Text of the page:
Business Plan

A business plan is the mental prefiguration and written description of the enterprise one intends to create, including all the details and elements implied by its realization. To elaborate a business plan is to precisely identify: the economic objectives sought, who will organize them, who will produce what and in what quantities, the demand and the market to which production will be oriented, how production will be carried out (the factors, inputs, technologies used, etc.), where it will happen, when and with what planning, the results to be expected in specific time periods, how one expects the enterprise to grow and develop, etc. (See Unit 7)

Entrepreneurial Realism

We use this term to describe the creative and constructive attitude needed by a subject (individual or group) who intends to create an enterprise, or grow or transform it. Entrepreneurial realism assumes that one is aware of the organization’s capacities and potential as much as its limitation, that one appreciates the opportunities that reality offers as well as the obstacles and difficulties it can pose. Based on this appreciation of oneself and the real context, the most objective possible, it is crucial that one not be held back by fear or pessimism, but instead act constructively, be ready to take risks and take responsibility for the results, knowing that reality is modified positively through action itself. One learns by doing, developing relations with others establishing and cultivating bonds, overcoming difficulties by expanding one’s own capacities and securing the support of others, etc. Hence, we see entrepreneurial realism as something that is not only sober but optimistic, hopeful, positive.

Comparative Advantage

Comparative advantages are all the conditions, qualities, circumstances, and factors that an entrepreneurial subject or enterprise possesses that give it a better position than other similar enterprises operating in the same market. People sometimes speak of “competitive advantages” referring to the fact that the enterprise can offer products and services for a better price, quality, or convenience that those offered by “the competition.”


This evaluation include both individual and group evaluations.

Individual Evaluation

Each participant should answer the following questions in their notebook:

A. Circle the answer that best matches your experience.

  1. My understanding of the contents covered in Unit 2 is: Weak – Good – Excellent
  2. My performance of the individual assignments in this Unit was: Weak – Satisfactory – Very good
  3. I consider my contributions to the group exercises to be: Poor – Adequate – Outstanding
  4. My participation in the organization and execution of the practical activity (jornada) was: Passive – Relatively active – Very active
  5. I think my overall contribution to the group was: Very little – Could have been better – Ample

B. Reflect on the following questions and summarize your answers in writing.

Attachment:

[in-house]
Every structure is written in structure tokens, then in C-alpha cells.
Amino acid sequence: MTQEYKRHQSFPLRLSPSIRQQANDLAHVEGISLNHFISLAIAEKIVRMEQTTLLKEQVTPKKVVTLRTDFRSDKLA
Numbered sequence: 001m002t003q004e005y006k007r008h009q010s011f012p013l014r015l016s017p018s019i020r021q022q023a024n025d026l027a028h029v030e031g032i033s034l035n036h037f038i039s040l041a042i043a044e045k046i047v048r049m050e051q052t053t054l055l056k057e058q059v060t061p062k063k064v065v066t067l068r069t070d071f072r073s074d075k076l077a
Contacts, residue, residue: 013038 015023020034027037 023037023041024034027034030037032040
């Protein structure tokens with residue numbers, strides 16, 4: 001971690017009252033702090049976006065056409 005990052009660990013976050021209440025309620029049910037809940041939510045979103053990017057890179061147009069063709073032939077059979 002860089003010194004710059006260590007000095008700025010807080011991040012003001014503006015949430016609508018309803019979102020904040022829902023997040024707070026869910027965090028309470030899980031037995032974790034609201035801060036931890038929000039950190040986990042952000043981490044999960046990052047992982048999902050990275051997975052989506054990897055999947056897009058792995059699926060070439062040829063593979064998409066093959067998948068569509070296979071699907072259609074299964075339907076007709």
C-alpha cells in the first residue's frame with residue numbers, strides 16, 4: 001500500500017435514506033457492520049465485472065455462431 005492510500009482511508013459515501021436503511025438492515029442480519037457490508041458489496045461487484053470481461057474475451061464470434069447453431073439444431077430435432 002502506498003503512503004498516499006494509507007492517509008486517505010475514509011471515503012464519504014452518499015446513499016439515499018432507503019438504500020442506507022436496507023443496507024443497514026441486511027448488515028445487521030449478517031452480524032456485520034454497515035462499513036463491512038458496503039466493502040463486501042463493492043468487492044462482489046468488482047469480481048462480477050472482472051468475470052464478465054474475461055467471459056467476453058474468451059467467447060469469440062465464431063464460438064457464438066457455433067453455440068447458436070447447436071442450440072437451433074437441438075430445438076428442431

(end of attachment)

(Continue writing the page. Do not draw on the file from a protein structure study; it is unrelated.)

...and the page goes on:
About the group’s objectives:

  1. Do I feel that the group has set the correct objectives? Do I share those objectives personally?
  2. Do I believe our business idea will effectively help us achieve those objectives?
  3. Am I ready to give my all to achieve these objectives? In what areas or ways can I do more?

About the business plan:

  1. Did we develop the business idea with sufficient depth and seriousness? Do we have all the information we need in order to make a definitive decision? What else do we need to find out?
  2. Am I convinced by the agreements we reached? Are they realistic? Can we really carry them out?
  3. What are the comparative advantages of our group with respect to our business idea? What are the disadvantages? Can we develop additional comparative advantages? Can we overcome the obstacles we face?
  4. Would the enterprise we are thinking of creating really be good and useful for our community and social environment?
  5. Do I have another business idea that I think I should propose for the group to study together?

Group Evaluation (to be done in the next session)

Seated in a circle, the whole group discusses the following questions.

  1. What happened to the C Factor during the exercise where we identified the objectives of our solidarity group?
  2. Does our business idea inspire a unity of consciousness, will, and feeling in our shared objectives?
  3. What do you think our group still needs in order to make our business idea real?


​[1] “Was in die Erscheinung tritt, muß sich trennen, um nur zu erscheinen.” Goethe, Sammliche Werke, Band XVI, Naturwissenschaftliche Schriften Band I. Pp. 96. – MN

[2] A volunteer can do the first reorganization, asking the group to suggest changes, until the group is satisfied with the organization. It is important, especially at this early stage, to ensure equity in participation and consent in decision-making. – MN

[3] There are various possible measures, for example the Bureau of Labor Statistics classifies firms by number of employees: 1-49 (small); 50-249 (medium); 250 and over (large). Turnover, assets, and market share are other possible measures. – MN

[4] Max-Neef, Manfred. “Development and Human Needs.” – MN

September 22, 2020